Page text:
Russia has now placed itself on a short list of rogue states, a list that includes belligerent nations like North Korea and the Islamic Republic of Iran, by taking Wall Street Journal reporter Evan Gershkovich hostage, according to Helsinki Commission Chief of Staff Kyle Parker.
Parker, a Maine native and former University of Maine graduate, has spent 20 years at the front lines — figuratively and literally — of American foreign policy.
From his position on the Helsinki Commission, also known as the U.S. Commission on Security and Cooperation in Europe, Parker has travelled into Ukraine seven times since the start of the Russian invasion in 2022. During his visits, sometimes to the frontlines of war zones, Parker has collected stories and physical evidence that tell the human story of Russia’s genocidal war of aggression against the former Soviet satellite.
In an interview with the Maine Wire on Thursday, Parker shared his informed perspective on the high-level politics that are about to play out as Gershkovich, his family, his newspaper, and his country, now endeavor to get him back on U.S. soil.
Gershkovich, a 2014 graduate of Bowdoin College, has previously worked as a journalist for the New York Times and the Moscow Times. He was reporting from the WSJ’s Moscow Bureau when he was arrested at a restaurant in Yekaterinburg. Russian media has reported that he will be detained at the infamous Lefortovo Prison outside of Moscow.
Parker said the Kremlin’s arrest of the 31-year-old journalist was likely an opportunistic move to add another bargaining chip to the deadly geopolitical game playing out between the United States and Russia, amid what many view as a proxy war in Ukraine.
“Russia is becoming in this sense very much like Iran and North Korea,” Parker said.
“It’s been a very hostile environment anyway for a long time, but it hasn’t quite been Iran, North Korea level,” he said. “And this is very much hostage taking.”
The escalation in how police forces at the command of Russian President Vladimir Putin treat westerners, including journalists, is part of the reason the U.S. State Department has been asking Americans to avoid traveling to Russia. The U.S. State Department reiterated its call Thursday for any Americans residing or traveling in Russia to exit the country immediately.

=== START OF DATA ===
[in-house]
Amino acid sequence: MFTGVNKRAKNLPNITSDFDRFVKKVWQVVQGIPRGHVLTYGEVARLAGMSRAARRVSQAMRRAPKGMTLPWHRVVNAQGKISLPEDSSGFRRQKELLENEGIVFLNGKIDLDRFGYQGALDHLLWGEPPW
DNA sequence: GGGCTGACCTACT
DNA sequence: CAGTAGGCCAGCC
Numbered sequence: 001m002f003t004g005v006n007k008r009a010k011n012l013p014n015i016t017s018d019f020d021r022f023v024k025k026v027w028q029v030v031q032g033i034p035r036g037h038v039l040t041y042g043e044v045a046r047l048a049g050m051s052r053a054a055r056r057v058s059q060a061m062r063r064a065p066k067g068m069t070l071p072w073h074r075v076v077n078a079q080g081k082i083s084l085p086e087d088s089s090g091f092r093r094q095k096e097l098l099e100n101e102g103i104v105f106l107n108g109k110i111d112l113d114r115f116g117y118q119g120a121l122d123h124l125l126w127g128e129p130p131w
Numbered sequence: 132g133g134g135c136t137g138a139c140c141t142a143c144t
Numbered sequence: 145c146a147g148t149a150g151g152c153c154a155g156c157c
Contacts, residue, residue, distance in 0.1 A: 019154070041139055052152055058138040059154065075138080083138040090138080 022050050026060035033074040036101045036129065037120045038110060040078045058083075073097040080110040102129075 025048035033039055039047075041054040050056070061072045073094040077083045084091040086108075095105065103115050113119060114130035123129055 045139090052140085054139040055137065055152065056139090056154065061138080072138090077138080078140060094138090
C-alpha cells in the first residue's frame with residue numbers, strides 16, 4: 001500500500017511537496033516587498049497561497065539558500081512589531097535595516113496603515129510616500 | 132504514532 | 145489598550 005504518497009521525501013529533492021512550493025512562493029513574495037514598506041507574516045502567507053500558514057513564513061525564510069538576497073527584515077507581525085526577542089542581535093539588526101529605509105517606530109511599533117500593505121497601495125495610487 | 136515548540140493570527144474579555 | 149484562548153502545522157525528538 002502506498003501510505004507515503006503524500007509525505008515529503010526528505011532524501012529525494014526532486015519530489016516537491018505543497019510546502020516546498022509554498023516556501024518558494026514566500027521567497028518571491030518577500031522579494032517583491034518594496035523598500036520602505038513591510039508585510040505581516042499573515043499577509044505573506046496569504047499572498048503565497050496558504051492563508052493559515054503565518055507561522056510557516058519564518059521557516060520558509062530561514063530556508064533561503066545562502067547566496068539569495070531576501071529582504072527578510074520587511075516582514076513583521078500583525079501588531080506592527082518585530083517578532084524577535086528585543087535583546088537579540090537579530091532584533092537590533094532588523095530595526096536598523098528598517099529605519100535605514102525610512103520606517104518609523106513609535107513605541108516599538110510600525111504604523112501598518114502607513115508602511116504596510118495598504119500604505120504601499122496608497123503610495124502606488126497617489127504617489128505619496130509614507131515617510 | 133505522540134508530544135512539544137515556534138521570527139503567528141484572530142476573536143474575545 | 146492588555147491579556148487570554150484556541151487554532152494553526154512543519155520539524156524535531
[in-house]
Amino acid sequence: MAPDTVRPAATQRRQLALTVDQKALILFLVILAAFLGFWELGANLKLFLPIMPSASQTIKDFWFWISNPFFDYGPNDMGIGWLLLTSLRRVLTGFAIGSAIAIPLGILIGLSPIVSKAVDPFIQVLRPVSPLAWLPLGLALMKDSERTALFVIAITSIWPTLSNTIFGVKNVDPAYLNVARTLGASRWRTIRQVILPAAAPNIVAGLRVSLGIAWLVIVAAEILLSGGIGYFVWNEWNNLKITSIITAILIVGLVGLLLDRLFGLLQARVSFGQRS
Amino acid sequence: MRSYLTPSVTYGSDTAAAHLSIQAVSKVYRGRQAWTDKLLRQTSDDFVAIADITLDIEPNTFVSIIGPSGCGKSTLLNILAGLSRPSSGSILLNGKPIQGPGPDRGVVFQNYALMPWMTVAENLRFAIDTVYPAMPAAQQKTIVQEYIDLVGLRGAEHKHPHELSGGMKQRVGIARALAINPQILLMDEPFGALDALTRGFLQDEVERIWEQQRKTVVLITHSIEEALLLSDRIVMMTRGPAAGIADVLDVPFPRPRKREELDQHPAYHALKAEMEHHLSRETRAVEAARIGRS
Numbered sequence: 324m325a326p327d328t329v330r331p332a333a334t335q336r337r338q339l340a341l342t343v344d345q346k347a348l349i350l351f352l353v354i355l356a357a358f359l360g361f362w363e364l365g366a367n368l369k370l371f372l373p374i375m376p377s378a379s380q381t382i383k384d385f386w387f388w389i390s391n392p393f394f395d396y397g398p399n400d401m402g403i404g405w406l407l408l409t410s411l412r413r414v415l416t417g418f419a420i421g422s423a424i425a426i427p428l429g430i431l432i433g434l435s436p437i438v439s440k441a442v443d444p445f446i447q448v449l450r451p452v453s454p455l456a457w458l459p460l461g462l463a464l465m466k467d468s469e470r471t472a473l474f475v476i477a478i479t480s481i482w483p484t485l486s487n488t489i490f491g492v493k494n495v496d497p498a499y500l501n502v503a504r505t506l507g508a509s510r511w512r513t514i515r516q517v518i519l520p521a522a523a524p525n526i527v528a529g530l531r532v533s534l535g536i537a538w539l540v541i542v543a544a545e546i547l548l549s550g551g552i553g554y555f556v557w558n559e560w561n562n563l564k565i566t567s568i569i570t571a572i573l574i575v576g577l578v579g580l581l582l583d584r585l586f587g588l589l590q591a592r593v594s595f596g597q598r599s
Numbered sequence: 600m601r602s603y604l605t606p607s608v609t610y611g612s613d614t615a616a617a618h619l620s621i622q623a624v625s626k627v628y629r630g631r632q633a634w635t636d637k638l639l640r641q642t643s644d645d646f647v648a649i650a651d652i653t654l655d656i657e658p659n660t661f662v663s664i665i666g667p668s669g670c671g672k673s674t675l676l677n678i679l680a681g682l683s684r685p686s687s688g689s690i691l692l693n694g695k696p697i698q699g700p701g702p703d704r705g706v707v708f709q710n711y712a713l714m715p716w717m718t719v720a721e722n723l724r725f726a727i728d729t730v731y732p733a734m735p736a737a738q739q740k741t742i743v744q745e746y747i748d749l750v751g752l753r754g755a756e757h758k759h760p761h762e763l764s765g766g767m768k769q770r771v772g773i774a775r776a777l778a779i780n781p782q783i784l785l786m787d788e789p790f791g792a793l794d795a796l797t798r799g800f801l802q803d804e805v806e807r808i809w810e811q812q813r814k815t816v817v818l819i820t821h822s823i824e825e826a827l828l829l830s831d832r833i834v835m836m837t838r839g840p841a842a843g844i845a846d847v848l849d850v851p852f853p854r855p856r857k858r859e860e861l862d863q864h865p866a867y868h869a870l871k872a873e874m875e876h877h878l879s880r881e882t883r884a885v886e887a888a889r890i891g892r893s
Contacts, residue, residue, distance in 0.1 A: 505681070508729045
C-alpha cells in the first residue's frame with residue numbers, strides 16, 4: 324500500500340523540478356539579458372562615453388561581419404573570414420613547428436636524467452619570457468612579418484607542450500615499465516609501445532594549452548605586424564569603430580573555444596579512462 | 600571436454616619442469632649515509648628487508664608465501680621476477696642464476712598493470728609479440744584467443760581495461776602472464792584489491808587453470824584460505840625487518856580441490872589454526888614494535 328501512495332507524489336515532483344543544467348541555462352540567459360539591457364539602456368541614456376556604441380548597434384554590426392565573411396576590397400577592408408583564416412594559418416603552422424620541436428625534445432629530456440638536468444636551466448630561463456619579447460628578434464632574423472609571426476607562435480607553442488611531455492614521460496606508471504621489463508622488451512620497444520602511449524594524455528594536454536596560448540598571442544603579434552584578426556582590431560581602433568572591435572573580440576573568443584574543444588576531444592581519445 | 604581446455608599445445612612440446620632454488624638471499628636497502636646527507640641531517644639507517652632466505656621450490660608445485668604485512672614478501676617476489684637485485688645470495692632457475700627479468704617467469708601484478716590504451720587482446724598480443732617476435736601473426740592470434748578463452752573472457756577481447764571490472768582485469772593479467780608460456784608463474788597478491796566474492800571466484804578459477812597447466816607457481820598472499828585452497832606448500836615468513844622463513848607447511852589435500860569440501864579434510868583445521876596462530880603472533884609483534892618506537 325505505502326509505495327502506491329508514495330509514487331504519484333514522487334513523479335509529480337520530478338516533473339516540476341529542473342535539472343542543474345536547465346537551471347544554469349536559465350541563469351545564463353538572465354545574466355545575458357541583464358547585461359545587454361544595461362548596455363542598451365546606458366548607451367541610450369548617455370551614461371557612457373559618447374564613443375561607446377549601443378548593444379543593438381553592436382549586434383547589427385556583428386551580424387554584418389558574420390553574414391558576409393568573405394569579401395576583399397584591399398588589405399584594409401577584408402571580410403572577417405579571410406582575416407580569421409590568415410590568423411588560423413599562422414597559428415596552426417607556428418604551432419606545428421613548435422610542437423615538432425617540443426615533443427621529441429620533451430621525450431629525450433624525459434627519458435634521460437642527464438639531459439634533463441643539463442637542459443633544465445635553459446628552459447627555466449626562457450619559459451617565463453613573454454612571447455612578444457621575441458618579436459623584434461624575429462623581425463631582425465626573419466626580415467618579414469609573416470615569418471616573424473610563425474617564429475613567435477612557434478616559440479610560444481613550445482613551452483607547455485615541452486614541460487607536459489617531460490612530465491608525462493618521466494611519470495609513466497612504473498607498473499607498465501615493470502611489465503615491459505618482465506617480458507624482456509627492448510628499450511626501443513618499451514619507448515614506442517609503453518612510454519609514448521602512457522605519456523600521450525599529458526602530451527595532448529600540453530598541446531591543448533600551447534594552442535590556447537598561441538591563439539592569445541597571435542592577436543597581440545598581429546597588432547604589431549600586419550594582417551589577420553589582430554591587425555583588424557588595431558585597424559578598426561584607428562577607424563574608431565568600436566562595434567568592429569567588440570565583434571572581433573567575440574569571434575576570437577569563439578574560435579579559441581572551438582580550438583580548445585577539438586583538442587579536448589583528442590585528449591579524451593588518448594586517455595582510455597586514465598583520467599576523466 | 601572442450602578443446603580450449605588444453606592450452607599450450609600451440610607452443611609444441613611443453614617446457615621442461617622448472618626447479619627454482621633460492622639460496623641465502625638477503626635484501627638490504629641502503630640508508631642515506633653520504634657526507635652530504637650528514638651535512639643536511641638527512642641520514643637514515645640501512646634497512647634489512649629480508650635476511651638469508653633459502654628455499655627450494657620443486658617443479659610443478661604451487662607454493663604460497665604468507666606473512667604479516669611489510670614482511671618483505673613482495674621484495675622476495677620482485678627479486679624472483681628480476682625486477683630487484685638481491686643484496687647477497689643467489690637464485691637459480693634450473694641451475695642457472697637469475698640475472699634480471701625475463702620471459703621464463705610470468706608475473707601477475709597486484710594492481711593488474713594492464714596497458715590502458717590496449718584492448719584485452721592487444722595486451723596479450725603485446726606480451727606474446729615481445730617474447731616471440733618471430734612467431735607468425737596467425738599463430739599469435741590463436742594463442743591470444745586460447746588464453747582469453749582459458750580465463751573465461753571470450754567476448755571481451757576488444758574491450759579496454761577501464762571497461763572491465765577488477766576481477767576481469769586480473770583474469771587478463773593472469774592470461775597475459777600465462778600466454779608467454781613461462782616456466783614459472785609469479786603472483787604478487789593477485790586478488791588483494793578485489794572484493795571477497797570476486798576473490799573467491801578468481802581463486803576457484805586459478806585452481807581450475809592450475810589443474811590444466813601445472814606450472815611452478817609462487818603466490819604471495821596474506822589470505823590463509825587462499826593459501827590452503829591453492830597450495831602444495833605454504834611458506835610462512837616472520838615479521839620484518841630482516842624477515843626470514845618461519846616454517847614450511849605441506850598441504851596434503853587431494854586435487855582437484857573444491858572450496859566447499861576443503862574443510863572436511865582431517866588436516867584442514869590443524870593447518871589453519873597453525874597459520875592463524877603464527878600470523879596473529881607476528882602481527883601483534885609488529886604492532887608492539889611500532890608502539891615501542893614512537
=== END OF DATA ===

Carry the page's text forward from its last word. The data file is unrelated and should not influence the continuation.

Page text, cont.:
Parker said it’s easy to see how the Russians would use Parker communicating via encrypted channels with government officials — something any journalist would do — as a pretext to level espionage accusations. But he also said the Russian government doesn’t even need a pretext in order to arrest an American citizen.
“They’ll cook a pretext up out of thin air,” he said. “The truth is, you don’t have to give them anything.”
Parker said even in the mid-1990s when he started going to Russia, every American knew that the Russians were watching. There was an understanding that if you broke the law or did something embarrassing, it would later be weaponized against you. He said the key development in Russia is when it no longer became a matter of an American making a mistake, but instead a matter of the Russian government inventing crimes in the true Stalinist tradition.
“What began to happen, and I think this is something that not everybody understood: at what point did Russia become a place where you didn’t need to give them anything. And we’ve been in that place for a while now,” he said. “We’ve known this, we’ve known the risks.”
“What happened to Evan is what we sort of expect to happen, and what we’ve seen happen, to western reporters in environments like Iran and North Korea,” he said. “So this situation just moves Russia closer to this total rogue state category.”
He said that, if the developments with Gershkovich affected the Biden Administration’s posture toward the war in any way, it would vindicate their view that Russia must be handed defeat in Ukraine.
“The surest way to get to a better place is for Russia to be defeated on the battlefield in Ukraine. That’s the Russian small “d” democrats greatest hope for any positive change in Russia, is for Russia to be dealt a decisive defeat in Ukraine,” he said.
The Russian desire to use Gershkovich as a bargaining chip may bode well for how he’s treated — and how long he remains — in Russian custody. As a foreign journalist arrested on trumped up espionage charges, Gershkovitz would be easier for Russia to release as part of a deal, Parker said, then a Russian journalist like Vladimir Kara-Murza, a dissident journalist who has been incarcerated since April 2022 on charges of disobeying the police.
“It’s great to frog march an American and put him in a cage and show that to their citizens,” he said.
“Whether they have someone in mind as to who they want to trade this person for yet — it doesn’t matter. There’s a general or a high level spy who has yet to be rolled up. It’s kind of like having money in the bank,” he said.
Victor Ferreira, a Johns Hopkins graduated who was recently unmasked as Russian spy Sergey Cherkasov in Brazil, may face extradition back to the U.S. Parker said Ferreira would fit the profile of someone whom the Biden Administration might trade to get Gershkovich back on U.S. soil.
Parker will be coming to the University of Maine on April 17 to give a presentation about his experiences in Ukraine. The Maine Wire will post more information about the talk when it becomes available.